Kingdom Monera represents the least complex organisms in creation. Although they are mind-bogglingly complex,they are still as “simple” as life gets. Members of Kingdom Monera are prokaryotes, so their cell structure is basic, yet they play important roles in the ocean. Bacteria are single-celled, microscopic organisms, lacking nuclei or other organelles. Even through you may think they are simplistic organism, they can execute almost all the major chemical processes that more complex organisms carry out.
Heterotrophic bacteria obtain their food by breaking down either the wast products of other organisms or dead organic material. They are called decomposers. These bacteria are the recyclers of the earth, obtaining the essential nutrients from wastes or dead organisms and processing them back into useable forms for the rest of creation.
Autotrophic bacteria produce their own organic compounds. They are further divided into two groups: Photosynthetic and Chemosynthesis. Bacteria that can photosynthesize contain chlorophyll and utilize light energy to manufacture organic compounds. Bacteria that utilize chemosynthesis use energy stored in chemicals such as hydrogen sulfide, ammonia, or methane to produce their own organic compounds.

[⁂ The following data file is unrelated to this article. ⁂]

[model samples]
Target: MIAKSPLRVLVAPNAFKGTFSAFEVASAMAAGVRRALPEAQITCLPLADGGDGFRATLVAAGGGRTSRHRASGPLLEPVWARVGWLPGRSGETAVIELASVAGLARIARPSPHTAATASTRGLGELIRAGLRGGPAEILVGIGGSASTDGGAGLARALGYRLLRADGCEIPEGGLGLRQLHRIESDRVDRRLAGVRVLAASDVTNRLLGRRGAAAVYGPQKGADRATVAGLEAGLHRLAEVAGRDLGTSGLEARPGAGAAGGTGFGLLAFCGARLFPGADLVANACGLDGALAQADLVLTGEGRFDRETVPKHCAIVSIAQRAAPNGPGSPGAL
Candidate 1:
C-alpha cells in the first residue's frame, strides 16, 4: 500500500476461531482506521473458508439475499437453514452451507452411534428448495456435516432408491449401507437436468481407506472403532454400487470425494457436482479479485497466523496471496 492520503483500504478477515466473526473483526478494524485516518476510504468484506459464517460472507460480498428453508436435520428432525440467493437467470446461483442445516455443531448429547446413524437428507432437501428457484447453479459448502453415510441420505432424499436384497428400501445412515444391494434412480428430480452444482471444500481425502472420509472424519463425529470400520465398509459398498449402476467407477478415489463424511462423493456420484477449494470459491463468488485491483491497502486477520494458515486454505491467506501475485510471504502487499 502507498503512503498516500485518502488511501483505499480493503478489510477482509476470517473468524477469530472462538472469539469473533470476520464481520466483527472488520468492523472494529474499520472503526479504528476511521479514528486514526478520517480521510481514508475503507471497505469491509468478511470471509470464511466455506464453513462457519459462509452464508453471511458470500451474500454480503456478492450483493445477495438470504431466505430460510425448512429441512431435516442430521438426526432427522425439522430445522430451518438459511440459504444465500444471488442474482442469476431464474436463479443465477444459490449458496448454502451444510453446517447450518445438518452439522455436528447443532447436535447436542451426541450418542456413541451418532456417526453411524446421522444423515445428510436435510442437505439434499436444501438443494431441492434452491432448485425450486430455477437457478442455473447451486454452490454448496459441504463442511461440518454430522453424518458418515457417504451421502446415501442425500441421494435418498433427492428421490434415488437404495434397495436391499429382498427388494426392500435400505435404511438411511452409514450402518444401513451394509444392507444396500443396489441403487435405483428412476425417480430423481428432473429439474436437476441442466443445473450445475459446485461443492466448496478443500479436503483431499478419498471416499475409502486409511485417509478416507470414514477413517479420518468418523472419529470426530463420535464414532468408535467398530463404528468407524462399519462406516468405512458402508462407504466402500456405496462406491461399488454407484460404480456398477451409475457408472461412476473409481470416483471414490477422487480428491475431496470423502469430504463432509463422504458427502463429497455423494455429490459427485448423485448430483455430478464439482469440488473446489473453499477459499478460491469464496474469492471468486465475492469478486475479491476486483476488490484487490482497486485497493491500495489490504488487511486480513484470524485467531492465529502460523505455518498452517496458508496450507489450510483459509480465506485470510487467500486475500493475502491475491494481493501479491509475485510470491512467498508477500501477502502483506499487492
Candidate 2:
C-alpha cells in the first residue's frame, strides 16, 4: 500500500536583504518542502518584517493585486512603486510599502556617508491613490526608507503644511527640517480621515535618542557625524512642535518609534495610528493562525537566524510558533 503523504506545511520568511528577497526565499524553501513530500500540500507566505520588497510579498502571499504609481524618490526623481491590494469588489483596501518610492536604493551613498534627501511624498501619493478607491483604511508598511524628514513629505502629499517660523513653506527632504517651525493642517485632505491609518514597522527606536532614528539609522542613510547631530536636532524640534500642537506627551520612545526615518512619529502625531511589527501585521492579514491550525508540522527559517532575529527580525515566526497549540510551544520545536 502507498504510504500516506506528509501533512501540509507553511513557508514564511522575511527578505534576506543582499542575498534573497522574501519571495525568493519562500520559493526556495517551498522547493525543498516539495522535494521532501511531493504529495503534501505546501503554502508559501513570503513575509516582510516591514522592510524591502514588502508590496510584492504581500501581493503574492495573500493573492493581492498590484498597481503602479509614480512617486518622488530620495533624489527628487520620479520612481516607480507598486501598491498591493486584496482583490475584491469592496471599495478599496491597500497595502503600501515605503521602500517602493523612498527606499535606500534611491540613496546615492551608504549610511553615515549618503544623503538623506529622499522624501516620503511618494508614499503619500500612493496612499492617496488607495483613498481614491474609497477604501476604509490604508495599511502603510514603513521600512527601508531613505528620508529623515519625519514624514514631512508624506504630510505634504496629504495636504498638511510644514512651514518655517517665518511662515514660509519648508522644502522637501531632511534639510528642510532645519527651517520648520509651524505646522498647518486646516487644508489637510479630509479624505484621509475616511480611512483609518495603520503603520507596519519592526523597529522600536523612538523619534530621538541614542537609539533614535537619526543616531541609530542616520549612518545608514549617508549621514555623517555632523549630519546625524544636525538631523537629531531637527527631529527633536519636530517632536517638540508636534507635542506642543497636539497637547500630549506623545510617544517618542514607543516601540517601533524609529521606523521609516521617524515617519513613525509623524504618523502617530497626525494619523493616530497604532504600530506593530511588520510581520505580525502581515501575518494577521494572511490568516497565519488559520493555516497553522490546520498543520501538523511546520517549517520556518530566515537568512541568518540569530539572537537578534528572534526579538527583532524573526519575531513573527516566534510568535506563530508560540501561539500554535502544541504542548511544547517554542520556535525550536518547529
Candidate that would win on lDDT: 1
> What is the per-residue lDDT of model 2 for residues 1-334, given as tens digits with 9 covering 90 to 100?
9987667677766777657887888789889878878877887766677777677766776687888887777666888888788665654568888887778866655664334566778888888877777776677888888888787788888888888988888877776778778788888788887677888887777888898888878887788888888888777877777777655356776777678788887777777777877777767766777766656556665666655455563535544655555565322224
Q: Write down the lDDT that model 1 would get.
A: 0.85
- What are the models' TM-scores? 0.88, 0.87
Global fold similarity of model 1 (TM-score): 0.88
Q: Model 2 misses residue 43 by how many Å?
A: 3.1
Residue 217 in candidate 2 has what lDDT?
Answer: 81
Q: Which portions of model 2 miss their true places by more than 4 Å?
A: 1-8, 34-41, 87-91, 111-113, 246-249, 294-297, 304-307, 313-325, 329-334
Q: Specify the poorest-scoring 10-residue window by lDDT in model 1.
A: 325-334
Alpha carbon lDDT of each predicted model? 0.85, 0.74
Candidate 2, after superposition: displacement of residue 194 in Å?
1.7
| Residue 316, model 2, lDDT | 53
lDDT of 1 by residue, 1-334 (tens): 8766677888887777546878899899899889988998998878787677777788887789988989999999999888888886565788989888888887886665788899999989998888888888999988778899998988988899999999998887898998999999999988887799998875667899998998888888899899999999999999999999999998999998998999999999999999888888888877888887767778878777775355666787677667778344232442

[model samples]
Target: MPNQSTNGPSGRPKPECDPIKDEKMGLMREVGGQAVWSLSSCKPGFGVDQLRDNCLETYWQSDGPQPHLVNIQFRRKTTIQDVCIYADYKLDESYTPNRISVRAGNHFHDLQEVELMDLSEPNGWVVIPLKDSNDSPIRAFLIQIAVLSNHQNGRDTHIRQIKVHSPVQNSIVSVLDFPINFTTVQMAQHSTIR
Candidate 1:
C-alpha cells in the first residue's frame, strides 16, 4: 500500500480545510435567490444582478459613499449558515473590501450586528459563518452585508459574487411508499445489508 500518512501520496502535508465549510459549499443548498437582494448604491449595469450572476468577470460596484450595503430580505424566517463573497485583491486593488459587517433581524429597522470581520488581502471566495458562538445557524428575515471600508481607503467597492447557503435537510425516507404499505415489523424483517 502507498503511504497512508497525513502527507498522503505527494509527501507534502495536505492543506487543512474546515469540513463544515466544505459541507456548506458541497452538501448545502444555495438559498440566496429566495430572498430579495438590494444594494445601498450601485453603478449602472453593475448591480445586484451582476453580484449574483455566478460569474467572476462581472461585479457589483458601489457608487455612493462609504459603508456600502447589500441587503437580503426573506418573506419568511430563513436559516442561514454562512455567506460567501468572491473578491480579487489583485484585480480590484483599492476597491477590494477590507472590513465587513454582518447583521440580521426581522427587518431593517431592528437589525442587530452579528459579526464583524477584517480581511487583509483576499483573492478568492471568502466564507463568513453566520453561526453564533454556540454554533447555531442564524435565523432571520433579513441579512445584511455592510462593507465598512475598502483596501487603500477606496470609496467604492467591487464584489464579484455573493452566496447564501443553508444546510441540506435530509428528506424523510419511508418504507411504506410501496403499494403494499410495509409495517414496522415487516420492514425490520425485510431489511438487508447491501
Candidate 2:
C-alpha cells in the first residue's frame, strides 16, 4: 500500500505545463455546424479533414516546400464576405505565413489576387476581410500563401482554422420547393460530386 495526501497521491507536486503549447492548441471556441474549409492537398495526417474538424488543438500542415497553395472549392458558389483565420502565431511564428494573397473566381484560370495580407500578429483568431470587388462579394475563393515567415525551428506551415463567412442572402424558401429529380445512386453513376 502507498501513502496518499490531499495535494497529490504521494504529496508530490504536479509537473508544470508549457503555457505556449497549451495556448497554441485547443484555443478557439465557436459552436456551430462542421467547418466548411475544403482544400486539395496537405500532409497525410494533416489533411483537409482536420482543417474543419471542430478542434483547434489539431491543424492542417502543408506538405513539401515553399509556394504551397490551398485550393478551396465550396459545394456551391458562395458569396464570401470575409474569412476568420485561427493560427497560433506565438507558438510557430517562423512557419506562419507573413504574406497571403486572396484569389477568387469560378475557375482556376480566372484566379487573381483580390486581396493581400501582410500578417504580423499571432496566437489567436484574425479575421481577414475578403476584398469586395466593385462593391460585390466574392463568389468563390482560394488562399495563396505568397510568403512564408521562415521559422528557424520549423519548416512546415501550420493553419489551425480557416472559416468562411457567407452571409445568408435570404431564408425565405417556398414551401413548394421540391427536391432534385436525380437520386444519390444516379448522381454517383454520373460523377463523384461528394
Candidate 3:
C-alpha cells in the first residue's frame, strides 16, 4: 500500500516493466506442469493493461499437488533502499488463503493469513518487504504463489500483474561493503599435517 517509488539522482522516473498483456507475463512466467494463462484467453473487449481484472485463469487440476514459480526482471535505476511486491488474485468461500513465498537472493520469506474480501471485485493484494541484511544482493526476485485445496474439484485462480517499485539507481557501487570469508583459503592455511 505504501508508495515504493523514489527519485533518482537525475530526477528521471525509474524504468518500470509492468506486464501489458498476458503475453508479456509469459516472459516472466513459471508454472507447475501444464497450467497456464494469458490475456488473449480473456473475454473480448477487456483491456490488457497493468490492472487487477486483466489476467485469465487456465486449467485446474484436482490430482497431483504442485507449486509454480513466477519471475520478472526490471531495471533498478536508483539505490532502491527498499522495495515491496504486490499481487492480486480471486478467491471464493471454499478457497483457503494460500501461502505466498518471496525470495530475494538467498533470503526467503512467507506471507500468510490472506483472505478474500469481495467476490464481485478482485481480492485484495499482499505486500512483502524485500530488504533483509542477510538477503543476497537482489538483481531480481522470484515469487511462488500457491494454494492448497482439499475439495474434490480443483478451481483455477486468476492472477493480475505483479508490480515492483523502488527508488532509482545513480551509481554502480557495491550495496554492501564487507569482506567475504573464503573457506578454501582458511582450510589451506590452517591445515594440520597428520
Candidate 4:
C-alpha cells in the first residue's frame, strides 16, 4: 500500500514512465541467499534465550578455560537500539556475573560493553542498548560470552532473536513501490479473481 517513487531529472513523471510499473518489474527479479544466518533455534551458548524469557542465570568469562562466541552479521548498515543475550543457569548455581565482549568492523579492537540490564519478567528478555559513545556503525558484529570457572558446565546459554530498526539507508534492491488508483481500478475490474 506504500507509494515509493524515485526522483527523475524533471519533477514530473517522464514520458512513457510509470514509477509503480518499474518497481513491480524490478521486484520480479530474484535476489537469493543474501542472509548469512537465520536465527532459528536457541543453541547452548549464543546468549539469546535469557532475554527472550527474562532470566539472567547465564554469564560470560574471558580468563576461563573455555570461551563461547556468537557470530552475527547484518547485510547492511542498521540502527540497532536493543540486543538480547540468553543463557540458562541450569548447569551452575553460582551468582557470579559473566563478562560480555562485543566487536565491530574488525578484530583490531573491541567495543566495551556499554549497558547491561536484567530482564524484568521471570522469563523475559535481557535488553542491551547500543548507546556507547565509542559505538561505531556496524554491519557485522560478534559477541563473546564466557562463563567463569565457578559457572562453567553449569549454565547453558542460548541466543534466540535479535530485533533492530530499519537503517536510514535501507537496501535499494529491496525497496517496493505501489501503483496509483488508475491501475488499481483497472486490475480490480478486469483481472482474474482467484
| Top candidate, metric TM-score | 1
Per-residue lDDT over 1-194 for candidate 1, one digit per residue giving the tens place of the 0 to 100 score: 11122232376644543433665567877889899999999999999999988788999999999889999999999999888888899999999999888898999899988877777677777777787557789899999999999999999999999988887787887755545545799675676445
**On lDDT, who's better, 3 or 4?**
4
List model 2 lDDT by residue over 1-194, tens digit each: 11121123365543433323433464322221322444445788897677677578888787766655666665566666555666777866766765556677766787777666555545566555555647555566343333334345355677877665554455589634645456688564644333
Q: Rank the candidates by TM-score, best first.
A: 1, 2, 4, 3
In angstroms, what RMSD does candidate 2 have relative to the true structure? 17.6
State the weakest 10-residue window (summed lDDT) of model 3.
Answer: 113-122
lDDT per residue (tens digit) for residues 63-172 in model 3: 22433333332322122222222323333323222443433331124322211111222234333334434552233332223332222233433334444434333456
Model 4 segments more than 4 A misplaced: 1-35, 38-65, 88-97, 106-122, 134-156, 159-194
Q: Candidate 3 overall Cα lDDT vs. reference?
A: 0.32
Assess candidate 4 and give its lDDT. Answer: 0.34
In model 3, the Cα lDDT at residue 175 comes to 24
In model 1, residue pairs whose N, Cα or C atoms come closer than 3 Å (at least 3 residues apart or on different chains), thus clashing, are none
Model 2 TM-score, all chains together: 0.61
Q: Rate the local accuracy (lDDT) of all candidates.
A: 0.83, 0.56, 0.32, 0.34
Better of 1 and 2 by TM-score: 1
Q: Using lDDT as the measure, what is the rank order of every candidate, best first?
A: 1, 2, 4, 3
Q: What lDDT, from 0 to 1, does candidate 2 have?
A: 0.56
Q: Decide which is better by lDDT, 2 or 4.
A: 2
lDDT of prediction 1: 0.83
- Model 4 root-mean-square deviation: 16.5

Cyanobacteria are aquatic an photosynthetic, that is, they live in the water, and can manufacture their own food. Because they are bacteria, they are quite small and usually unicellular, though they often grow in colonies large enough to see. Because they are photosynthetic and aquatic, cyanobacteria are often called “blue-green algae”. This name is convenient for talking about organisms in the water that make their own food, but does not reflect any relationship between the cyanobacteria and other organisms called algae. Cyanobacteria are relatives of the bacteria, not eukaryotes, and it is only the chloroplast in eukaryotic algae to which the cyanobacteria are related.
Cyanobacteria actually remove nitrogen from the atmosphere and use it in their metabolic processes. They inhabit nearly all illuminated environments on Earth and play the key roles in the carbon and nitrogen cycle of the biosphere. In general, cyanobacteria are able to utilize a variety of inorganic and organic sources of combined nitrogen, like nitrate, nitrite, ammonium, urea or some amino acids.
Below is the toad fish that was caught during our last Wet Lab at Big Pass, South Lido Beach.
September 20, 2012 PowerPoint Honors Marine Biology class 5
- Read and Study Module 3 (p.55-65)
- Complete OYO: 3.1 to 3.6
- Study Guide Define: a – f and Questions 2 – 10.
- Finish up Lab book drawings
- Quiz: Know the basic cell structure for Prokaryotic and Eukaryotic cells. (Figure 2.2 and 2.3)
- Class Challenge : Dress up to show your support for your favorite sports team.
Have a great week. -Mrs. S